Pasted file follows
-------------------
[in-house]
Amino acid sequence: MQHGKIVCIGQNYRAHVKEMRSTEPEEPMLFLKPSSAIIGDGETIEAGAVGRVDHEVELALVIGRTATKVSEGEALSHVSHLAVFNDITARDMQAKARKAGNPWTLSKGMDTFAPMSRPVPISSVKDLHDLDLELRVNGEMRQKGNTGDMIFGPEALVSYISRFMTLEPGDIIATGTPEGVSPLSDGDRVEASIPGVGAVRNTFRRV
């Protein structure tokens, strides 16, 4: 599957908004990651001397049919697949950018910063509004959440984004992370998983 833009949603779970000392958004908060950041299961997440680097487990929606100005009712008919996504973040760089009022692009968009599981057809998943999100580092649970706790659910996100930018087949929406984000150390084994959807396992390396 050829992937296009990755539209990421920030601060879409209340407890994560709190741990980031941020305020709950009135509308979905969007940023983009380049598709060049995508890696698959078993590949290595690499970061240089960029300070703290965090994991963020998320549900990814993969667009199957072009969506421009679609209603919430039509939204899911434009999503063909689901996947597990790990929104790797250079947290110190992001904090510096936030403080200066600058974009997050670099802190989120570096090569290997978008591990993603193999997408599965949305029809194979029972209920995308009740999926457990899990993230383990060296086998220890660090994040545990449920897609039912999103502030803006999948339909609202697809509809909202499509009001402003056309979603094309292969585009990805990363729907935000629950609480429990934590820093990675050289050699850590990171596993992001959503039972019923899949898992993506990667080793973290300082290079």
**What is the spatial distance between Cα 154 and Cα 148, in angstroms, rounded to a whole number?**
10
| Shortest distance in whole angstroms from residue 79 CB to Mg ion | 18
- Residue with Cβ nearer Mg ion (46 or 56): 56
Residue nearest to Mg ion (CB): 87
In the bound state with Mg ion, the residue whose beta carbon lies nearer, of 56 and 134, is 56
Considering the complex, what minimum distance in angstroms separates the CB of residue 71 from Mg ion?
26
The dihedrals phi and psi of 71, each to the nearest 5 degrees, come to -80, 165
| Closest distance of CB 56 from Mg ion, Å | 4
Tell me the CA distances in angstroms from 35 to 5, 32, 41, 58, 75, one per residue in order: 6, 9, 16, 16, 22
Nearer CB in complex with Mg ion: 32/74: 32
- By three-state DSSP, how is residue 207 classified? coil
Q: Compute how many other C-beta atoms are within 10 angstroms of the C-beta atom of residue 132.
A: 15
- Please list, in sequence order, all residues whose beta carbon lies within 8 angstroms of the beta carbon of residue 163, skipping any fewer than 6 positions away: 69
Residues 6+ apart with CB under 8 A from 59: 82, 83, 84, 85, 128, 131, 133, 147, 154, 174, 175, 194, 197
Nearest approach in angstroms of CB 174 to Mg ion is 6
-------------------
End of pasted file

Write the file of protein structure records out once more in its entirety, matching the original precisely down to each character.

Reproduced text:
[in-house]
Amino acid sequence: MQHGKIVCIGQNYRAHVKEMRSTEPEEPMLFLKPSSAIIGDGETIEAGAVGRVDHEVELALVIGRTATKVSEGEALSHVSHLAVFNDITARDMQAKARKAGNPWTLSKGMDTFAPMSRPVPISSVKDLHDLDLELRVNGEMRQKGNTGDMIFGPEALVSYISRFMTLEPGDIIATGTPEGVSPLSDGDRVEASIPGVGAVRNTFRRV
């Protein structure tokens, strides 16, 4: 599957908004990651001397049919697949950018910063509004959440984004992370998983 833009949603779970000392958004908060950041299961997440680097487990929606100005009712008919996504973040760089009022692009968009599981057809998943999100580092649970706790659910996100930018087949929406984000150390084994959807396992390396 050829992937296009990755539209990421920030601060879409209340407890994560709190741990980031941020305020709950009135509308979905969007940023983009380049598709060049995508890696698959078993590949290595690499970061240089960029300070703290965090994991963020998320549900990814993969667009199957072009969506421009679609209603919430039509939204899911434009999503063909689901996947597990790990929104790797250079947290110190992001904090510096936030403080200066600058974009997050670099802190989120570096090569290997978008591990993603193999997408599965949305029809194979029972209920995308009740999926457990899990993230383990060296086998220890660090994040545990449920897609039912999103502030803006999948339909609202697809509809909202499509009001402003056309979603094309292969585009990805990363729907935000629950609480429990934590820093990675050289050699850590990171596993992001959503039972019923899949898992993506990667080793973290300082290079």
**What is the spatial distance between Cα 154 and Cα 148, in angstroms, rounded to a whole number?**
10
| Shortest distance in whole angstroms from residue 79 CB to Mg ion | 18
- Residue with Cβ nearer Mg ion (46 or 56): 56
Residue nearest to Mg ion (CB): 87
In the bound state with Mg ion, the residue whose beta carbon lies nearer, of 56 and 134, is 56
Considering the complex, what minimum distance in angstroms separates the CB of residue 71 from Mg ion?
26
The dihedrals phi and psi of 71, each to the nearest 5 degrees, come to -80, 165
| Closest distance of CB 56 from Mg ion, Å | 4
Tell me the CA distances in angstroms from 35 to 5, 32, 41, 58, 75, one per residue in order: 6, 9, 16, 16, 22
Nearer CB in complex with Mg ion: 32/74: 32
- By three-state DSSP, how is residue 207 classified? coil
Q: Compute how many other C-beta atoms are within 10 angstroms of the C-beta atom of residue 132.
A: 15
- Please list, in sequence order, all residues whose beta carbon lies within 8 angstroms of the beta carbon of residue 163, skipping any fewer than 6 positions away: 69
Residues 6+ apart with CB under 8 A from 59: 82, 83, 84, 85, 128, 131, 133, 147, 154, 174, 175, 194, 197
Nearest approach in angstroms of CB 174 to Mg ion is 6